Stay Healthy By Not Acting Your Age

Debbie Melvin  |  8/4/2006 9:22:56 PM

Is it possible to age more slowly? You could follow the wisdom of the great philosopher of our time, Lucille Ball, who advised, the secret to staying young is to live honestly, eat slowly and lie about your age.

Satchel Paige, the famous baseball pitcher once asked, how old would you be if you didn’t know how old you are? I once asked that of a great friend of mine, Mrs. Nora Shaw, who at the time had just turned one hundred years old. She was still doing her morning exercises. Why, I remember learning the Macarena from Mrs. Nora when she was in her eighties. In her younger days, of course I mean eighties, Mrs. Nora was my traveling companion on occasion and she surely knew how to have fun and dance. She would tell anyone that staying active played a major role in her longevity and independence.

Many people think the golden years are best spent sitting on the porch sipping lemonade, instead of growing a garden, taking out their own trash or taking the stairs instead of the elevator. That very attitude is what makes older folks, well, old. The less physically active people become as they advance in years, the faster their bodies give out on them. According to the USDA Human Nutrition Research Center on Aging at Tufts University, inactivity does not necessarily shorten the life span, but it most definitely shortens the health span. That is, a decrease in physical exertion makes people less capable of doing things for themselves at a younger age than necessary. It also makes them more prone to such illnesses as heart disease, diabetes and osteoporosis so that the last twenty, thirty or forty years of their lives are often compromised by a combination of bodily complaints and dependency on others.

On the other hand, those over fortyfive who continue to push themselves physically as the years go by have a much better chance of maintaining their vigor, stamina and physical flexibility as well as overall health and therefore of reaching and living through old age self-reliant. The researchers at Tufts say that even if you are already seventy-five years old, feel overburdened with aches and pains, and have long accepted the idea that an energetic lifestyle is over for you, you can still turn things around. How? With exercise. Men and women alike. The researchers say that physical exertion is what keeps aging from becoming synonymous with illness.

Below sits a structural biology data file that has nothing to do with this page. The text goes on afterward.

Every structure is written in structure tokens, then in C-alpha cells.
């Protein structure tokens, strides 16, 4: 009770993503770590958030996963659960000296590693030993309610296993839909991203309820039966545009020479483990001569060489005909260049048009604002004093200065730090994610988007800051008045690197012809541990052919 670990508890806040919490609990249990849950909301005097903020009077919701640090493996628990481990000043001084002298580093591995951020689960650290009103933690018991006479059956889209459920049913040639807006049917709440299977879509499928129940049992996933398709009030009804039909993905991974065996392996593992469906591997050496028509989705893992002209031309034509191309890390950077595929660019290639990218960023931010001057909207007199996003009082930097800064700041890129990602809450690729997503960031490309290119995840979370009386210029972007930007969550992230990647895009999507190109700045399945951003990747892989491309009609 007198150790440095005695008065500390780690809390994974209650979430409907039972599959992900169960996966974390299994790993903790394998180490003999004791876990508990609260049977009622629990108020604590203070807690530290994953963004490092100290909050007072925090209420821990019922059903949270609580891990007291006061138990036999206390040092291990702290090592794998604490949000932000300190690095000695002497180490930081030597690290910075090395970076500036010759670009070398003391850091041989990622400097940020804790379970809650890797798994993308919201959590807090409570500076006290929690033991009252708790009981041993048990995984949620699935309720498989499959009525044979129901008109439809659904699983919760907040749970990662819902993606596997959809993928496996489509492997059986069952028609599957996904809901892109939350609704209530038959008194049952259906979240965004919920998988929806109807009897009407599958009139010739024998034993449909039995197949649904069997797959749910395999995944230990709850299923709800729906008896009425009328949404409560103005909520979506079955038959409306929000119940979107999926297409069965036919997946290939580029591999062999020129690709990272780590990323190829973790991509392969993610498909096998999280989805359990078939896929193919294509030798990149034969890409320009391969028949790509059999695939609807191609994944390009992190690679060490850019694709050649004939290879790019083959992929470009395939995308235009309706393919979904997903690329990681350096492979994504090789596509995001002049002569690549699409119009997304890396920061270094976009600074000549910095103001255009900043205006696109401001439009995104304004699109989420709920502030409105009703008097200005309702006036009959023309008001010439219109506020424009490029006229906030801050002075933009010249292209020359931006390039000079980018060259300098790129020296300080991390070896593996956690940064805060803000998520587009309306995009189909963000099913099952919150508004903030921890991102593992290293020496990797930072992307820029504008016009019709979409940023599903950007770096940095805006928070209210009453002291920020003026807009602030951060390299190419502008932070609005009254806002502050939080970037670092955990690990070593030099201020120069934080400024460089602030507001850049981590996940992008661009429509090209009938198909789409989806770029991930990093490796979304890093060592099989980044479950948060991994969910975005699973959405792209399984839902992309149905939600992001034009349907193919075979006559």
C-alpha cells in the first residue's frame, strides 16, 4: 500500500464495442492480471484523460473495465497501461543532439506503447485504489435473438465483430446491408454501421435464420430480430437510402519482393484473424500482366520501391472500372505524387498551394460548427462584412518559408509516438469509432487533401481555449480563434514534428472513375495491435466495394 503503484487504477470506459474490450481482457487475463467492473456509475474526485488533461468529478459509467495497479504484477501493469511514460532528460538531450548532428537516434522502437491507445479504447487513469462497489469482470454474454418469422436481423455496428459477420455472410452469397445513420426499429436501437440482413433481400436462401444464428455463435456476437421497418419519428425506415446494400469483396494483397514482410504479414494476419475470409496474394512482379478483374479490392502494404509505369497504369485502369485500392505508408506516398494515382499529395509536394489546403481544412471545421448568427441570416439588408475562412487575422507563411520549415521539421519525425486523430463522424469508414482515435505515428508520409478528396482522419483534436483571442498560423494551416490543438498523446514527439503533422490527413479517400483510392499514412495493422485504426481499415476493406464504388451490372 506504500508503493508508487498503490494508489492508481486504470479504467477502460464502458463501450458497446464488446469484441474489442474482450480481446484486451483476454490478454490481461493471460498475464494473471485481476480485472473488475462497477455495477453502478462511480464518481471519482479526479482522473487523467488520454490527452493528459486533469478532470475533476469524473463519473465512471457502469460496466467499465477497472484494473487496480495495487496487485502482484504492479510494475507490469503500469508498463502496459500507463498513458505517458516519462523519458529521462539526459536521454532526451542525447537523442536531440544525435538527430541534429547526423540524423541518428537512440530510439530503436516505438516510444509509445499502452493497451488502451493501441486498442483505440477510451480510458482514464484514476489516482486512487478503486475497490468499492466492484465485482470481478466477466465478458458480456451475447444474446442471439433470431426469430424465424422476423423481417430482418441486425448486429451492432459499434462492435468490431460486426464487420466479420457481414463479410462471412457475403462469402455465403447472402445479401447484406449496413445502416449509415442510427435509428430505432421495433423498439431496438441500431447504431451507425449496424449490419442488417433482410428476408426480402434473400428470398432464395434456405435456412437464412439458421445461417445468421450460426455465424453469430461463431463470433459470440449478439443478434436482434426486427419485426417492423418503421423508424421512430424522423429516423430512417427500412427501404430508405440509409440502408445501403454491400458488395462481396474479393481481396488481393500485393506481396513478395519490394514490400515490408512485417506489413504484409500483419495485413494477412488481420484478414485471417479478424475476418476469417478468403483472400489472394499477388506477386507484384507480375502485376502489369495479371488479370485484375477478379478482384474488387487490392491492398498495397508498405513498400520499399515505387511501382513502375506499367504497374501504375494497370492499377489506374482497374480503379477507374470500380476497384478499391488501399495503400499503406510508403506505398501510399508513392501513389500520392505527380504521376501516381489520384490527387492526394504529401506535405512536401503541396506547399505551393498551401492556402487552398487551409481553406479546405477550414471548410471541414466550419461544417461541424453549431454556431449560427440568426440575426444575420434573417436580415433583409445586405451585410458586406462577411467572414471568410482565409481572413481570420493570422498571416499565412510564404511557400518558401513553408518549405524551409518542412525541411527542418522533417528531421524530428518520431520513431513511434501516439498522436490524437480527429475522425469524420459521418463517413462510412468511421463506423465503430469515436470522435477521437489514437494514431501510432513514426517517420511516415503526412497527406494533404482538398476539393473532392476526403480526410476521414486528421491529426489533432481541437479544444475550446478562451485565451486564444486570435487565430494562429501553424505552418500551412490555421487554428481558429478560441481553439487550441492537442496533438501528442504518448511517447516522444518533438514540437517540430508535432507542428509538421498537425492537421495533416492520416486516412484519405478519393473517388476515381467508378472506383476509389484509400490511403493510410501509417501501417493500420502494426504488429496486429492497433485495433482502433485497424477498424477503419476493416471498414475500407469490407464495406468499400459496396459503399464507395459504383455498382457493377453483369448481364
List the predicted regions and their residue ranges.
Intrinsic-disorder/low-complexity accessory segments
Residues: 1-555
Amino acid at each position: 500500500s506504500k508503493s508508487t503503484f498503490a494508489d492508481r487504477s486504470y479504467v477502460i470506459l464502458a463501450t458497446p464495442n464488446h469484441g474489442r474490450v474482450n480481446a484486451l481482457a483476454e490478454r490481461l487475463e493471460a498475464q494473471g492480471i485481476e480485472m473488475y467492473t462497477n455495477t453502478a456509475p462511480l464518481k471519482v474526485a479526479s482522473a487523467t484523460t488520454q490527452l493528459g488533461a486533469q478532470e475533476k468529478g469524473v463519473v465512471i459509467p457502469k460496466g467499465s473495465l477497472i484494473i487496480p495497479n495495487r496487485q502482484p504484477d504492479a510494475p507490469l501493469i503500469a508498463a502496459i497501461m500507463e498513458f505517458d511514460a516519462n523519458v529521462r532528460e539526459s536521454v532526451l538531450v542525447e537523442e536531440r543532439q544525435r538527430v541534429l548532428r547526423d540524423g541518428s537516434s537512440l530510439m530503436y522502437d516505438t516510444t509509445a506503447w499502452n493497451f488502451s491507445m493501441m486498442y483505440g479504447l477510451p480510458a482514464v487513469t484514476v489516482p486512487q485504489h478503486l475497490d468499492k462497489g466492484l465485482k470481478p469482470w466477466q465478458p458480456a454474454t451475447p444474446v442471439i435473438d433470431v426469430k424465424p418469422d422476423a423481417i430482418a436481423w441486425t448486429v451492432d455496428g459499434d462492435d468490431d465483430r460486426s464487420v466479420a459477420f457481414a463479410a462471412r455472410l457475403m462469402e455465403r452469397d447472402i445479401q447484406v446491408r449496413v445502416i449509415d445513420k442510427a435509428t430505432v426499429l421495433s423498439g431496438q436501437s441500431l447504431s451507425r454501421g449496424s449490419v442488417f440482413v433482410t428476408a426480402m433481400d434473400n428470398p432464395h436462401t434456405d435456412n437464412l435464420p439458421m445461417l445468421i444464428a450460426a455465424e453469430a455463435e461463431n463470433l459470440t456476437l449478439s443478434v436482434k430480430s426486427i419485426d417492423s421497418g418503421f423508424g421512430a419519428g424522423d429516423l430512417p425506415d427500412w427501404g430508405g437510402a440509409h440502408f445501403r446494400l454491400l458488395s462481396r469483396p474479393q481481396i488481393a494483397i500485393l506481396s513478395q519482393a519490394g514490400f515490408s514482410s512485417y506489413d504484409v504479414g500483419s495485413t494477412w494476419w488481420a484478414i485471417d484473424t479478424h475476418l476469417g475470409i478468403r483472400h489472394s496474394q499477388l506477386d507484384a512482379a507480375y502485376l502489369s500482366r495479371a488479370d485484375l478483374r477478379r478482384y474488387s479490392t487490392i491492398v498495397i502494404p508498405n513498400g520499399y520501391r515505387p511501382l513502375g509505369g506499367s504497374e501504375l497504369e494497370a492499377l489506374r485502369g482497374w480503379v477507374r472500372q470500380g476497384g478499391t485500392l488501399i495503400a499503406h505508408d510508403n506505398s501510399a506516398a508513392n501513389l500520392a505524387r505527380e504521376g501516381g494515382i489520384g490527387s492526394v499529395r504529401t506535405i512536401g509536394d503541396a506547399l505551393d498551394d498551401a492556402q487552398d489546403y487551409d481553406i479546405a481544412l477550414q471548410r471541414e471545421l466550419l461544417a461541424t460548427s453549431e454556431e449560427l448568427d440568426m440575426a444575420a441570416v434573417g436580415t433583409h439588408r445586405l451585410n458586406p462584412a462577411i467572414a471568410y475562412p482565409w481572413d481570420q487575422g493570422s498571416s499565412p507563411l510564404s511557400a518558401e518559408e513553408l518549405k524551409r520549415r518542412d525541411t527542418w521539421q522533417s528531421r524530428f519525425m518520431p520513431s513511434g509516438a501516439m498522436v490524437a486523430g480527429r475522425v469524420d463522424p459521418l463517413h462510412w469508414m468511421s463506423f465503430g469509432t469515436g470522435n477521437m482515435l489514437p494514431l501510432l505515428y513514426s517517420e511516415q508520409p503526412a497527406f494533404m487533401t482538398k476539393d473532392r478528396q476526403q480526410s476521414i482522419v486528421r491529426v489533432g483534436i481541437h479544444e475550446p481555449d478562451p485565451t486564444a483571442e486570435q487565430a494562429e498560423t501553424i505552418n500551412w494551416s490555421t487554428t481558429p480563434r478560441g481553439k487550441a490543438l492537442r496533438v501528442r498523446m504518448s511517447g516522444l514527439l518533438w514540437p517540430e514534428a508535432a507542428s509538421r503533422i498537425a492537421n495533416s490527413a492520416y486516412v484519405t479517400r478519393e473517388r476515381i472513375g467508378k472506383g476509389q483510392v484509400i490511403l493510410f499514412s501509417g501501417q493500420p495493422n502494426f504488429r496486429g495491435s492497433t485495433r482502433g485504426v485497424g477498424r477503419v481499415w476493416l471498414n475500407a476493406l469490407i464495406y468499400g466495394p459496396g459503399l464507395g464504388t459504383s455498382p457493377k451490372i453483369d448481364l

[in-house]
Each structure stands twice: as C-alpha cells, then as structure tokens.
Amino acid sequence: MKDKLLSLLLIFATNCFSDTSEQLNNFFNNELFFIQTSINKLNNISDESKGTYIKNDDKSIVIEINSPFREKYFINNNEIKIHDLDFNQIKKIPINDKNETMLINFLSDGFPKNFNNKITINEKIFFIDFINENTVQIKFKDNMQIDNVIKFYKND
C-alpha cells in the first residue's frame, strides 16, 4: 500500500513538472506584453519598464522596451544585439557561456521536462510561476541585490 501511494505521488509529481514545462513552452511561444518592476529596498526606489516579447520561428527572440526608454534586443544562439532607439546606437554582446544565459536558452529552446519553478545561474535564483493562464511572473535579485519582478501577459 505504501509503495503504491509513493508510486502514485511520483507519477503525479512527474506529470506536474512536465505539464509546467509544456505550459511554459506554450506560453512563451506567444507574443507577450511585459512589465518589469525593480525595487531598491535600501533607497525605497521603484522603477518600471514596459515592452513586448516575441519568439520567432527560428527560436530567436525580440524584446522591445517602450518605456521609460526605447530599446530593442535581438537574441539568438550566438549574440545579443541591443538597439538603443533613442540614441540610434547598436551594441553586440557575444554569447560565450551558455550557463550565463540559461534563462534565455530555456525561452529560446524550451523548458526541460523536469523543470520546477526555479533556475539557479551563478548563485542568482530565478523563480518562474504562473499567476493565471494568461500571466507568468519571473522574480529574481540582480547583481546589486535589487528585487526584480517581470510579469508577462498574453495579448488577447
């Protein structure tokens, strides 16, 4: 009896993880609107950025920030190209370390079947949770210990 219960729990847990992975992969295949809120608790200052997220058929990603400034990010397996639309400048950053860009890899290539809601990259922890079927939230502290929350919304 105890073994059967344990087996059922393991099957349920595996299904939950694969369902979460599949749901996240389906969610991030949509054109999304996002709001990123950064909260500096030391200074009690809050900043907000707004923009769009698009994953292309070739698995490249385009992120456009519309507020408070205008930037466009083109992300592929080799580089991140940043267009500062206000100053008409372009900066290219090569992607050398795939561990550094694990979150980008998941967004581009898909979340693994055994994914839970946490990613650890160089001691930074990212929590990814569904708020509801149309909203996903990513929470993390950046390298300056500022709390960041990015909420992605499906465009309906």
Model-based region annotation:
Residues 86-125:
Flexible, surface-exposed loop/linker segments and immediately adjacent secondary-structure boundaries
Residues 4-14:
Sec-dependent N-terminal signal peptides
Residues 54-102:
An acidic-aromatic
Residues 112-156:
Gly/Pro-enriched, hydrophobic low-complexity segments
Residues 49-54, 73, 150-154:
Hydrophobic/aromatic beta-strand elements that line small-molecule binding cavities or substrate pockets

Consider just the effect of exercise on muscle mass and strength, both of which decline throughout our adult lives. As people move into middle age, they tend to lose six or seven pounds of muscle, or lean body mass, every decade. That rate accelerates after age fortyfive. Senior citizens who were put on a strength training program with weights at Tufts experienced a twelve percent increase in muscle growth overall. That is as much as could be expected in young people doing the same amount of exercise. With the loss of muscle, weight gain is usually inevitable. But adding muscle mass, or reducing its loss, can compensate for the natural decline in basal metabolic rate, which affects the number of calories burned in a given day.

Improved aerobic capacity increases the amount of air the lungs can take in and raises the level of oxygen that moves from the lungs into the blood. This steps up the heart’s ability to pump oxygen-rich blood to the muscles. The rate at which the oxygenated blood can actually make its way into the muscles is improved. Finally, the ability of the muscles to use the oxygen is enhanced which brings about ease of movement.

Blood sugar tolerance, or the body’s ability to control the level of sugar in the blood is enhanced by exercise as well. Another advantage of an exercise program is that it can raise blood levels of protective, or good HDL cholesterol. Physical exertion can help regulate blood pressure too. Even people who already have hypertension can lower it. There are many other benefits as well.

So what should you expect of yourself. For those who are new to exercise, or reintroducing themselves to it after many years, all the researchers advise for the first several days is twenty minutes of walking divided into two ten-minute sessions. Weight training, which depending on initial strength, may be a matter of lifting no more than a milk carton filled with sand, should not begin until the end of the second week. Even those who are moderately fit are advised to start with only thirty minutes of exercise a day. The American College of Sports Medicine advises all men over 40 and all women over 50 who would like to begin a vigorous training program to undergo a medical exam.

Miriam E. Nelson, PhD, at Tufts, said that much of what is considered to be typical aging is actually the result of a lifelong accumulation of inactivity and poor nutrition.

So, is it possible to age more slowly and live a longer, independent life? I know what Mrs. Nora did, and it worked. I can only hope it will work for me as well.

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